Therefore interpretations of an ideology or religion (including Islam) are not specific to any one society. Any ideology is open to various interpretations.

In the present global dispensation, there seems to be greater emphasis placed on civil and political rights rather than on economic and social rights. Why is this the case and how, if at all, would you like to see this change?

Human rights are indivisible. Mankind needs all these rights. Freedom without social justice is useless, and social justice is useless in the absence of individual freedoms. Human rights in its entirety is required for an individual.

In the context of large - and in some cases, increasing - inequalities between and within states, how can human rights be guaranteed? In other words, do you think structural change at the global or national level may be necessary before every human being can be granted some measure of dignity and freedom?

Yes, organizations like the UN and the World Bank need restructuring. For example, when the right to veto is granted in the Security Council, is it possible to talk of democracy at a global level? This means that if all the countries of the world are on one side and only one of the five permanent members of the Security Council is on the other side and chooses to exercise its veto power, it can override the will of the rest of the world.

To take another example, when the World Bank offers loans to undemocratic countries, it is an injustice to the people of those countries. Look at how much, in terms of loans, Saddam Hussein may have received during his time in power. Now, with Saddam Hussein overthrown, it is the people of Iraq who have to repay these debts. I deem it necessary to stress that for the majority of the time that Saddam Hussein was in power, Iraq was favored by the United States, and it was through the support of the United States that Iraq was able to receive loans from the World Bank. And now the people of Iraq are left with millions of dollars in debt. Saddam Hussein is not the only dictator who received such loans. This has unfortunately happened in many parts of the world. Therefore it is very important not to offer any form of support to countries that are undemocratic and violate human rights.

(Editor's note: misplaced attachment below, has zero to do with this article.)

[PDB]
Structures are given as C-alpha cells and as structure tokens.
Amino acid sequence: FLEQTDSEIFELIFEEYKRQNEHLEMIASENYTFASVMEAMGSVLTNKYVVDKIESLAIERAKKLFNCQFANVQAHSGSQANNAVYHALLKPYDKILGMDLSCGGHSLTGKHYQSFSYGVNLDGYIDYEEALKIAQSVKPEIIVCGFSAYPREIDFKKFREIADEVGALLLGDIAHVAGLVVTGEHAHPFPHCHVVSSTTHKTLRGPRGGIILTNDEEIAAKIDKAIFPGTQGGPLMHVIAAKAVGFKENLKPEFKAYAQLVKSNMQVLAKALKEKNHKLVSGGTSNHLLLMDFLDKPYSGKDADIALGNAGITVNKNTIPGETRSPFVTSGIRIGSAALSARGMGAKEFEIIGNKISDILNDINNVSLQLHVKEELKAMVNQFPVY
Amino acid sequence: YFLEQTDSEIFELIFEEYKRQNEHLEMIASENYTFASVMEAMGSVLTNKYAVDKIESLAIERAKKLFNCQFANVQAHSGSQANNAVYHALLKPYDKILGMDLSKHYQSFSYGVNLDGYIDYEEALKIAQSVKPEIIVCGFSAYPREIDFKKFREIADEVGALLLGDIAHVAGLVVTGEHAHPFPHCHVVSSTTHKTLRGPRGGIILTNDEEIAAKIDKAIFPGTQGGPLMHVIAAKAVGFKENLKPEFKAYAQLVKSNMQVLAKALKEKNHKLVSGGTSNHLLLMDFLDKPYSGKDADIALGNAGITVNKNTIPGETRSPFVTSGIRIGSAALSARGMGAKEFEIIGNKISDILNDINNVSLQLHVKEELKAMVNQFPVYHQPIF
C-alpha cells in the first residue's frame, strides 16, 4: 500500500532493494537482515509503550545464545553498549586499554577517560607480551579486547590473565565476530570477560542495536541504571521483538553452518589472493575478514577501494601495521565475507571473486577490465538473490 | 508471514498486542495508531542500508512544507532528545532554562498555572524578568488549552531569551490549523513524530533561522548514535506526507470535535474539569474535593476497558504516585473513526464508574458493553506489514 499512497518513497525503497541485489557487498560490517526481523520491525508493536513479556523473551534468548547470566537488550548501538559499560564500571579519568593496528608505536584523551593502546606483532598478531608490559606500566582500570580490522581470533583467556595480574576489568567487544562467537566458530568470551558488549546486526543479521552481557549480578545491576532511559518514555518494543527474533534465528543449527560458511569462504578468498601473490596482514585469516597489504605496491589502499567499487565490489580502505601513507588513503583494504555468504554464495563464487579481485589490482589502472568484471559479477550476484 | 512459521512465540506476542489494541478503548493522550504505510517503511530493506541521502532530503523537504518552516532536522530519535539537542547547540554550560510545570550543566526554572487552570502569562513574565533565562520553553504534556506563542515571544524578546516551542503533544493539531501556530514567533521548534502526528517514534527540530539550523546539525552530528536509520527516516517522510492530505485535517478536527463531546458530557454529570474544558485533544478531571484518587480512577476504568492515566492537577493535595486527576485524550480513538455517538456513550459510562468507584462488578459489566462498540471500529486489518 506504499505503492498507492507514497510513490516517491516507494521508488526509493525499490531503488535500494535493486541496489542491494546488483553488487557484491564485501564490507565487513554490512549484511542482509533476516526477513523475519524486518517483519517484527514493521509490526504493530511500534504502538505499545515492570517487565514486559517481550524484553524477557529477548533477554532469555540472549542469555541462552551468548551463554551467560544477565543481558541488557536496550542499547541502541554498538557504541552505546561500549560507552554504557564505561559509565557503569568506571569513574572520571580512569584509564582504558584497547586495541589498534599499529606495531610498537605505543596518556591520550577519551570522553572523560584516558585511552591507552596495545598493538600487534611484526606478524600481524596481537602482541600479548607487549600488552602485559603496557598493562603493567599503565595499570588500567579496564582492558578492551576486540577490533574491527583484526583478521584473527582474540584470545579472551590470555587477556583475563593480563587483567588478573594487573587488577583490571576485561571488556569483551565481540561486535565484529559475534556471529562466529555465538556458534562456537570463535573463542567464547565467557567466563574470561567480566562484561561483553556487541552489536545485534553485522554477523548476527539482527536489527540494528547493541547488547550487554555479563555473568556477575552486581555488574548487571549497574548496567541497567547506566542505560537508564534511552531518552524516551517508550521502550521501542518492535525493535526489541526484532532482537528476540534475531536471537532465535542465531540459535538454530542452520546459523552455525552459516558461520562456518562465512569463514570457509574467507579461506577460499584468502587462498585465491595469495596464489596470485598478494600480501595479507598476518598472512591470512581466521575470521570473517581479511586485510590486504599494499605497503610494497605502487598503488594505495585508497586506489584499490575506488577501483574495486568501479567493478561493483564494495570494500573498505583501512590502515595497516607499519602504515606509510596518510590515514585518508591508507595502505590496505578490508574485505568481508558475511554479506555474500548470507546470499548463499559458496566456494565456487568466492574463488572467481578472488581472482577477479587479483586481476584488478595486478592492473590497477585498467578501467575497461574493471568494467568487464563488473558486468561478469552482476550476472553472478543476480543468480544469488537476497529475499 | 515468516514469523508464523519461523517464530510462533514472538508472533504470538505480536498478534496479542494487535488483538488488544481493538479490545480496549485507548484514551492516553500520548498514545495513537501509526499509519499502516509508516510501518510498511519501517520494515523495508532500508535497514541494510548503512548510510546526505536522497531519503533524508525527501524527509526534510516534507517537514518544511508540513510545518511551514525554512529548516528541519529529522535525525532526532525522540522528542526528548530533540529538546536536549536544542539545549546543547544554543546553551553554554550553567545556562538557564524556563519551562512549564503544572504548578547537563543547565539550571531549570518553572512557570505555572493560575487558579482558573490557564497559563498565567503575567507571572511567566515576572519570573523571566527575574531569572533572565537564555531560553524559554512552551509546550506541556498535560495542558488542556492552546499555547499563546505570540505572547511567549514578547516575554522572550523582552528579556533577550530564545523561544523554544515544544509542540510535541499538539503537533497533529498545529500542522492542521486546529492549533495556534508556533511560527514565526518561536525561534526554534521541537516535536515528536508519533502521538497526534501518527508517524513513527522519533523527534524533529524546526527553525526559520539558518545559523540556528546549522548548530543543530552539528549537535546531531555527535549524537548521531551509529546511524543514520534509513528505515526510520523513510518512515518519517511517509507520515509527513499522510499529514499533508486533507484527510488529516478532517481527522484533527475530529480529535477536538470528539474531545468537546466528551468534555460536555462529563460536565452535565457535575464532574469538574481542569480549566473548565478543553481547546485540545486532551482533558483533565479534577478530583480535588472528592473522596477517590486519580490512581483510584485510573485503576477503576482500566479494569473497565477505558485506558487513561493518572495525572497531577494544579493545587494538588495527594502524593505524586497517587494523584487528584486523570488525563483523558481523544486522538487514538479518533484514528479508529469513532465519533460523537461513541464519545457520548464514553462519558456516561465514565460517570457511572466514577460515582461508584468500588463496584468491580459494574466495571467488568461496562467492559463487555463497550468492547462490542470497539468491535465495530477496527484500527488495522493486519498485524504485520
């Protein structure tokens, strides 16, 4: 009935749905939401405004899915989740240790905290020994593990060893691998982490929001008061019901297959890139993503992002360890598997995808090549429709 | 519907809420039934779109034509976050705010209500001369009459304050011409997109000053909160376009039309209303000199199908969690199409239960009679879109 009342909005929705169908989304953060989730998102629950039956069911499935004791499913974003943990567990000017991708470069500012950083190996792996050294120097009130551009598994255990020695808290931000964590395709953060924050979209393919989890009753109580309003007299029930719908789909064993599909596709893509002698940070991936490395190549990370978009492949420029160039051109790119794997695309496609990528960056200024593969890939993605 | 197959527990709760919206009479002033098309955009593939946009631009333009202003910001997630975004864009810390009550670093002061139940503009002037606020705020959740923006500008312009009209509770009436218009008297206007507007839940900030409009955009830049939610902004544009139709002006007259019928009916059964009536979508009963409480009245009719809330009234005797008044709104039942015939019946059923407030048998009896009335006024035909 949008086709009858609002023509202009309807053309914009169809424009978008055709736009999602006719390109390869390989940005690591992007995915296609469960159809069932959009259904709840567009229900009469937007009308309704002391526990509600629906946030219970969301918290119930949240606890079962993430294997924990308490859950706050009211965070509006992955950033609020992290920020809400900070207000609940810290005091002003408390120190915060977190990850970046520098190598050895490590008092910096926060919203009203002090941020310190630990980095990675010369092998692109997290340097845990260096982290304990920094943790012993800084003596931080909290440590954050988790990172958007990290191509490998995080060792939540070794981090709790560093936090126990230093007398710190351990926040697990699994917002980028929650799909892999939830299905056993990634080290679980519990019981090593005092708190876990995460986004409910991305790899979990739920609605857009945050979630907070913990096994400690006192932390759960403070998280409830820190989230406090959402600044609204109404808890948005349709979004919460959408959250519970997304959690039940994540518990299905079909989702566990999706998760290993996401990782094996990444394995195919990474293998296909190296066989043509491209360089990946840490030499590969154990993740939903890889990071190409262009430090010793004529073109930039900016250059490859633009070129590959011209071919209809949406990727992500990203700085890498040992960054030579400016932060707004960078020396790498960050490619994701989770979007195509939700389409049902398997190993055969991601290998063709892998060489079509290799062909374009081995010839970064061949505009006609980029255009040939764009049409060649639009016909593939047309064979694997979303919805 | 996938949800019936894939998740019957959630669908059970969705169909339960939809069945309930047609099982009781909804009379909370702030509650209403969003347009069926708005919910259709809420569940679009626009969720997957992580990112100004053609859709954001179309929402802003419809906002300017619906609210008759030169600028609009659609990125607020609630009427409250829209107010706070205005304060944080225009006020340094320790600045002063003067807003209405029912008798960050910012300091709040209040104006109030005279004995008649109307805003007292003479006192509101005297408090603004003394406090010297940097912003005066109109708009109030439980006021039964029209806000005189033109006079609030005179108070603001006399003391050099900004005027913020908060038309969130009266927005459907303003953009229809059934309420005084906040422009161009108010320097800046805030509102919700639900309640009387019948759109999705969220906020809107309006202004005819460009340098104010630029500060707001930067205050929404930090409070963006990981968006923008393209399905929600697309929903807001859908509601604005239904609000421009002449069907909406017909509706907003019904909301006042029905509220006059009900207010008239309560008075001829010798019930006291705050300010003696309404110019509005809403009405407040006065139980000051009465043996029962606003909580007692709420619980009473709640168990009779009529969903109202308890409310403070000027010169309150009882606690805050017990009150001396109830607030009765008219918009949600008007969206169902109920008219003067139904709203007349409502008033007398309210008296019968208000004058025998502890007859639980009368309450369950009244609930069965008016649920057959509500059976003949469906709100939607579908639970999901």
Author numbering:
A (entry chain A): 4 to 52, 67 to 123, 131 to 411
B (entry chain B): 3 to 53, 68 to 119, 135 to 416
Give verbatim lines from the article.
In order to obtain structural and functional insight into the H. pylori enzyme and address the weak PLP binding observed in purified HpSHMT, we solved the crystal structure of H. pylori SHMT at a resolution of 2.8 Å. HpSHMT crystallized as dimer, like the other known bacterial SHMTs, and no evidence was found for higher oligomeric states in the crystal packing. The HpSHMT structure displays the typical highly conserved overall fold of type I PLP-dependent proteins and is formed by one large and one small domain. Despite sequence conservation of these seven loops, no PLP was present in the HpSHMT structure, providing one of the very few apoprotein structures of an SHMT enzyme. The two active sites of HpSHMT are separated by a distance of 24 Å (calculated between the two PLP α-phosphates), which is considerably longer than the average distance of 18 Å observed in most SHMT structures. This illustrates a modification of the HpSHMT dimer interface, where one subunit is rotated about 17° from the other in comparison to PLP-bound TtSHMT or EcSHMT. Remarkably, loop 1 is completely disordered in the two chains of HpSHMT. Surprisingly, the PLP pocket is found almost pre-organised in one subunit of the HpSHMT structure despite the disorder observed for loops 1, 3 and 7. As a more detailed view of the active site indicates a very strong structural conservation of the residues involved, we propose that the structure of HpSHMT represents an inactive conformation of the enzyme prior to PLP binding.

What impact do you think the war on terrorism has had on human rights globally?

The war on terrorism is a legitimate fight and must be carried out. However it should not become an excuse for violating human rights. Fighting for human rights should be within the framework of the United Nations. At the same time, terrorists should be arrested and prosecuted. But given the large number of terrorists that have already been arrested and prosecuted, have we been able to mitigate terrorism or its impacts? Obviously not. The reason is that prosecuting terrorists alone is not sufficient. One must approach terrorism by addressing its root causes. Terrorism emanates from two basic sources: one is in prejudice. Prejudice results from ignorance and the lack of education. If we seek to eradicate illiteracy globally, we are in fact taking steps to control and fight terrorism. The second root of terrorism is injustice. We must seek to reduce the sources of injustice in the world. If these two root causes are taken away, we will surely be able to get rid of terrorism as well.

Interview conducted by Nermeen Shaikh of Asia Society.

June 10, 2004
by [email protected]